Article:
ANGEL'S LADIES is a fine, Zen-like docrumentary. Watch it as the stream of consciousness it is, but have no expectations. The forgiving desert offers sanctuary to all, and we are merely voyeurs peeking through our fingers.

BKent, Y2K

Playing through November 16, show time 6:45 pm and 10:45 pm.



New York Times:

'Angel's Ladies': A Brothel as a Dream Come True, for Owners


Anyone who thinks sex is fun ought
to meet Mack and Angel Moore.

Resembling in their characteristic grimness
nothing so much as figures in a portrait by
some latter-day Grant Wood, this husband
and wife are busy pursuing their version of
the American dream in the desert on the
edge of Death Valley.

Their vision embraces a fruit farm and a
truck stop. And in the meantime, the Moores
are running a bordello.

Their story is told in "Angel's Ladies,"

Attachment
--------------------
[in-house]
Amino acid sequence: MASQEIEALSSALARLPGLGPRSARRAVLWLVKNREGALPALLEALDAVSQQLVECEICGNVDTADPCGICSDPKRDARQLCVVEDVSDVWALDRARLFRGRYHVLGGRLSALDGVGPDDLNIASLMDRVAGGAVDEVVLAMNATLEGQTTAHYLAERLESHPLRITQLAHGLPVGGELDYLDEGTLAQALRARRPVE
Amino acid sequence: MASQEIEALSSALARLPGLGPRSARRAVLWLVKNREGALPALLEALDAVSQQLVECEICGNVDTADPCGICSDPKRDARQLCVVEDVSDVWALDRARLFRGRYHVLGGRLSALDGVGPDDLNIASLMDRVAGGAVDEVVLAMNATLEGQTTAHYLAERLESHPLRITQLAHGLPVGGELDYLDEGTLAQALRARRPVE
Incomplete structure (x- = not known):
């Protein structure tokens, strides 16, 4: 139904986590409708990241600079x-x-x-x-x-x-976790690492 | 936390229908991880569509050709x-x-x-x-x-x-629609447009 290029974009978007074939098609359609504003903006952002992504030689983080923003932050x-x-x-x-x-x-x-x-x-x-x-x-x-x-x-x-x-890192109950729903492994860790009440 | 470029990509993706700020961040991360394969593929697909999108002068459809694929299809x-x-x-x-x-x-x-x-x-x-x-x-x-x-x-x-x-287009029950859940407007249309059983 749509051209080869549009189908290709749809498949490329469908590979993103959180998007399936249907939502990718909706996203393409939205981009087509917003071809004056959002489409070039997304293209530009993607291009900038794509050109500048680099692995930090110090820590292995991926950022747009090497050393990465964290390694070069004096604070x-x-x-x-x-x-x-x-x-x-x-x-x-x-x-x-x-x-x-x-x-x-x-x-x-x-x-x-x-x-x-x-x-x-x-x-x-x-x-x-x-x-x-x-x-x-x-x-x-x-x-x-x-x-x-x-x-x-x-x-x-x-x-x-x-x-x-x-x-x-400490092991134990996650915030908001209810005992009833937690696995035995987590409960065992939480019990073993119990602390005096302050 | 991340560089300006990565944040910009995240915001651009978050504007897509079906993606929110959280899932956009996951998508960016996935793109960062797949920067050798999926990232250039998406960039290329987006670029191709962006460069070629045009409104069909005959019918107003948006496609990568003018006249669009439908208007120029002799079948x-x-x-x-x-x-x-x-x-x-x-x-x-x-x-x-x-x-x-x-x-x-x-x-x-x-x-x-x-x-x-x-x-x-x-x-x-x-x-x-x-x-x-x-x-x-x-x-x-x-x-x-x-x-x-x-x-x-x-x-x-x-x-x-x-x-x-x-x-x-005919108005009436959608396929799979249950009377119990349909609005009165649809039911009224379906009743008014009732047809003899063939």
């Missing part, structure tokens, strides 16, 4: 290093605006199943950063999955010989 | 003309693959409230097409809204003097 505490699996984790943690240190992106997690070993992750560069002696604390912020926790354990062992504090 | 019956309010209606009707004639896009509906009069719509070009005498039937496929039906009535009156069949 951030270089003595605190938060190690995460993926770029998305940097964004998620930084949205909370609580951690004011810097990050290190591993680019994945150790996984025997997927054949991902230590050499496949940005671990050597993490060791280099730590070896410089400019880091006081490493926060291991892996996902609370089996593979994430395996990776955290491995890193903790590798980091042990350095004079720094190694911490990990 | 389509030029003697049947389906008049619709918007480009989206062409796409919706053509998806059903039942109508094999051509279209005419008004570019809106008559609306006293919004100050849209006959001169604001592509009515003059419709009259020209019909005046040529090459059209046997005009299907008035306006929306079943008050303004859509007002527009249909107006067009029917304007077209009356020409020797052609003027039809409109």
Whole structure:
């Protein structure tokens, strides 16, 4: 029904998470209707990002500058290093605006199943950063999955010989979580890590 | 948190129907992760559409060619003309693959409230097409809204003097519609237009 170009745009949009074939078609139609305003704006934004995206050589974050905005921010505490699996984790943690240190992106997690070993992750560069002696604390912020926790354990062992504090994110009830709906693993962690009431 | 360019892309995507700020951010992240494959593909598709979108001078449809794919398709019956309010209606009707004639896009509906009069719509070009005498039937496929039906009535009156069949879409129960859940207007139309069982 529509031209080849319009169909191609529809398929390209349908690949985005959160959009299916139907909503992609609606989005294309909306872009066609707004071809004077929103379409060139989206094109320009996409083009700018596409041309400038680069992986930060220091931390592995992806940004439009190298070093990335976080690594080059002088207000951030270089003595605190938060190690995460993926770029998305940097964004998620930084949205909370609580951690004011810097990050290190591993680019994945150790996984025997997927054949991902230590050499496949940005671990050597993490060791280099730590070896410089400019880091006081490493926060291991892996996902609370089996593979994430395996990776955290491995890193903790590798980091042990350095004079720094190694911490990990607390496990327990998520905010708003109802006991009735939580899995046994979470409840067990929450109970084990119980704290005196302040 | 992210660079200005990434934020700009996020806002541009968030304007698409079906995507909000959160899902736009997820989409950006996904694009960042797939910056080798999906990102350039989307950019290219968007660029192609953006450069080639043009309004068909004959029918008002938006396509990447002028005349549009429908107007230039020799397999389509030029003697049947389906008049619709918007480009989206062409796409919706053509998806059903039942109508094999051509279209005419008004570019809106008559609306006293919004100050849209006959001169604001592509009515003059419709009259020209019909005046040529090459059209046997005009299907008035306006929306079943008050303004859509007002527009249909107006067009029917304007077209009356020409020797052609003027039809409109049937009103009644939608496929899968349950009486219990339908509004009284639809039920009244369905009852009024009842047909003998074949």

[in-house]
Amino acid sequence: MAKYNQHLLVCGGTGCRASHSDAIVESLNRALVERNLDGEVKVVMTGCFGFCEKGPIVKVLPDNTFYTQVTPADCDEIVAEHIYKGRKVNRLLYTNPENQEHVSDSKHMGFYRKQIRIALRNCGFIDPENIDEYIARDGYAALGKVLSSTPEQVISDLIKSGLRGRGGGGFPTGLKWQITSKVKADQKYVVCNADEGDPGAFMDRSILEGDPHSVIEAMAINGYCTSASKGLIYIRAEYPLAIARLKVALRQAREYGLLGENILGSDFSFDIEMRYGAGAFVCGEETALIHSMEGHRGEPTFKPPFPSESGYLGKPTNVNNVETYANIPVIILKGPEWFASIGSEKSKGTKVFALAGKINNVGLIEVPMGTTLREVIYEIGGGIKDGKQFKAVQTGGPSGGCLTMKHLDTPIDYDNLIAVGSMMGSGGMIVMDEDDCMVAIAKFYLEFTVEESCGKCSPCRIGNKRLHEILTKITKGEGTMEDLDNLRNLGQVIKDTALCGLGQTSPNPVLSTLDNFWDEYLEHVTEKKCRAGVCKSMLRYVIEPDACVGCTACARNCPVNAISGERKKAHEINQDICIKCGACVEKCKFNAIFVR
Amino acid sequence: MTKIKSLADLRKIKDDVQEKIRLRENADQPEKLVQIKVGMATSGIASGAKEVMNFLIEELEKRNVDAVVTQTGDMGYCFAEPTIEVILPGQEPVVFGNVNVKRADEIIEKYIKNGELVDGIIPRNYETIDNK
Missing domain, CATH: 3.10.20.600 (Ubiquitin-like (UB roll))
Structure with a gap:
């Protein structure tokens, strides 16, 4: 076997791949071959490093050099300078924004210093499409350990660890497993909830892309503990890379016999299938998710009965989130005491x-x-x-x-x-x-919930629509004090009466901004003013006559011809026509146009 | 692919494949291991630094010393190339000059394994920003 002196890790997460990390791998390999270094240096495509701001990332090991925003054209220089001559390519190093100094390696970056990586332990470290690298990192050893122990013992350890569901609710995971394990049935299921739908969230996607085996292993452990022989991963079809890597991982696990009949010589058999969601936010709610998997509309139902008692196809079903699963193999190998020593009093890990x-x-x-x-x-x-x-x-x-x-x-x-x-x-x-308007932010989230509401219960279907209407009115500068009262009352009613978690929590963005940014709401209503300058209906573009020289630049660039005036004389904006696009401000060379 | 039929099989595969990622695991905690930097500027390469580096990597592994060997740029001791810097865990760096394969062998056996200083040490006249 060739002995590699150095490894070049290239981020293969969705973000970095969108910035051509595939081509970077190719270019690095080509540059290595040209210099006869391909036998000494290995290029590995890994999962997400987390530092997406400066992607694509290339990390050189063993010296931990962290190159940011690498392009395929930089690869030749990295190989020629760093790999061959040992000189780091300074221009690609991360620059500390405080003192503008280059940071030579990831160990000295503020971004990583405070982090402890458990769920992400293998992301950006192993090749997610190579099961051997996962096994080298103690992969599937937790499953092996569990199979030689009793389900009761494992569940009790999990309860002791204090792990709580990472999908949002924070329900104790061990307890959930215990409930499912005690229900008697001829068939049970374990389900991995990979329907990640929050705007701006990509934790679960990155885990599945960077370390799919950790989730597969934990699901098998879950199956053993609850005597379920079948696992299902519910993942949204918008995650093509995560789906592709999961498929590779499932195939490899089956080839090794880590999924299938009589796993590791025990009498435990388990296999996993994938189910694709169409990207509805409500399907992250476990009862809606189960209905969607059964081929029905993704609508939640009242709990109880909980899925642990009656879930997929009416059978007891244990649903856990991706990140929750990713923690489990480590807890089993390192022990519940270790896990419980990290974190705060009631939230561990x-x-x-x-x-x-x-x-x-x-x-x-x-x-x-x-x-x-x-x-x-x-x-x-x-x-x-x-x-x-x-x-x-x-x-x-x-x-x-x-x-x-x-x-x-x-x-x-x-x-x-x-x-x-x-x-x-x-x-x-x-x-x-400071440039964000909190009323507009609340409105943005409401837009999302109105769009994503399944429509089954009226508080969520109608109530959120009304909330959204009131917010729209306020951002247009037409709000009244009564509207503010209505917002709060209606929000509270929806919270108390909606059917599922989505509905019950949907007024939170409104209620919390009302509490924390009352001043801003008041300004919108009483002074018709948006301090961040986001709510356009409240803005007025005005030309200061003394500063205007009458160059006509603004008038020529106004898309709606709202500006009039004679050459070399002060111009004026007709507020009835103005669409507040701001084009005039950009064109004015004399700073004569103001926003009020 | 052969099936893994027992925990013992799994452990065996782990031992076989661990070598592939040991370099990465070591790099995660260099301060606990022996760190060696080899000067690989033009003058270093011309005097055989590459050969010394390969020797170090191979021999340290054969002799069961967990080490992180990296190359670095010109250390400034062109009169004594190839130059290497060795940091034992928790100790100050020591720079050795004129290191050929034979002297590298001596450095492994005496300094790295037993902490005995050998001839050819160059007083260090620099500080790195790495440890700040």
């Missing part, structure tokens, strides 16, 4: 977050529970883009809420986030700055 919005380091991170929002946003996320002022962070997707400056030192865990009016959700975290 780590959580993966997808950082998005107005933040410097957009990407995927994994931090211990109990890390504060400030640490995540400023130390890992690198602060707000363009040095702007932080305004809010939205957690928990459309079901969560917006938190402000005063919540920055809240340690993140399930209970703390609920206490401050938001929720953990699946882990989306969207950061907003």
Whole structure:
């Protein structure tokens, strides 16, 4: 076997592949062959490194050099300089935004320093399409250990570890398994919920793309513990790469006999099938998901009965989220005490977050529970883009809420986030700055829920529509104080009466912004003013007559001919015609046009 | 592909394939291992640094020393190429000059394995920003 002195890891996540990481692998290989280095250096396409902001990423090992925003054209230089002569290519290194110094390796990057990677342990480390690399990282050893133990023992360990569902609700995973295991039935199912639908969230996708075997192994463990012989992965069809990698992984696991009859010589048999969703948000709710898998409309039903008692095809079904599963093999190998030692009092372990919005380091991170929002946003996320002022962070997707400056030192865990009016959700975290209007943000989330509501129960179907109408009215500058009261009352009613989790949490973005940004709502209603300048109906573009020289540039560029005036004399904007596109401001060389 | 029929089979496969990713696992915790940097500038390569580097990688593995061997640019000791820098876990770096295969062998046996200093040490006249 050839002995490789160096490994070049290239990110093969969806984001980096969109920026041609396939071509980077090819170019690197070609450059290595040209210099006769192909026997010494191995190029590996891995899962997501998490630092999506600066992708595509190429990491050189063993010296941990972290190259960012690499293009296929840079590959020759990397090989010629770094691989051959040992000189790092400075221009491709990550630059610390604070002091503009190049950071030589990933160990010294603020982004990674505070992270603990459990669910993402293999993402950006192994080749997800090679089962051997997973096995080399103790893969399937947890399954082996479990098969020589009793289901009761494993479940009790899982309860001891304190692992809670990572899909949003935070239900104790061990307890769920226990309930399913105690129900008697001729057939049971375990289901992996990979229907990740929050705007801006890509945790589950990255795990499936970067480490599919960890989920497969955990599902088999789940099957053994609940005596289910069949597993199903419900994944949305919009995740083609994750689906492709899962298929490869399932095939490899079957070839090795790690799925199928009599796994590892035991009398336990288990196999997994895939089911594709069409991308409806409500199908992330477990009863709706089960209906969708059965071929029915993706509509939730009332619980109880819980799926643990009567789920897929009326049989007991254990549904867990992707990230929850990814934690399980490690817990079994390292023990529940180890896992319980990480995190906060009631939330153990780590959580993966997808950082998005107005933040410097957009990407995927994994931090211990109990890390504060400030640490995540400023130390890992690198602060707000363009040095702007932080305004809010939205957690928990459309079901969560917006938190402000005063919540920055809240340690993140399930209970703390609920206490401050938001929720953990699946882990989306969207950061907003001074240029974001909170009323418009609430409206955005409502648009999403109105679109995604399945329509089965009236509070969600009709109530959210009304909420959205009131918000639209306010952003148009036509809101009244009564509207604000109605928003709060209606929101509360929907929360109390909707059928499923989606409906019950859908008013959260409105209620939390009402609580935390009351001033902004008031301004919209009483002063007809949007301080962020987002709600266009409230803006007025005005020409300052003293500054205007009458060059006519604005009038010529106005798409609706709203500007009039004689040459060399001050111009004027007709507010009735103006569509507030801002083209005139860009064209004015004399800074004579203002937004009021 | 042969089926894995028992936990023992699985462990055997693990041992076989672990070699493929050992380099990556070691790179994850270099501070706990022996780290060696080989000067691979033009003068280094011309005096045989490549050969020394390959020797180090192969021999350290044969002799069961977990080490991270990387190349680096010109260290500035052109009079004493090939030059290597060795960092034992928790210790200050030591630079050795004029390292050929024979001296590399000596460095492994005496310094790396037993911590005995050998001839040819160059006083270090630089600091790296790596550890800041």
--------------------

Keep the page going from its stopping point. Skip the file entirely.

conceived and directed by Doug Lindeman
and opening today at the Screening Room.
At times deadpan funny, at times earnest and
straightforward, at times revealing, at times
dull, occasionally instructive but never erotic,
this documentary possesses the dimensions
of a modest feature article. Its curiosity is
confined to the parched town called Beatty
in Nevada, a state where prostitution is legal.

Beyond the Moores, their so-called girls, a few customers and residents of Beatty,particularly its Chamber of Commerce,which welcomes the brothel as a deterrent to crime and a source of revenue, "Angel's Ladies" shows no interest in the wider reflection of dispassionate expert opinionsof prostitution in general or legalized prostitution in particular.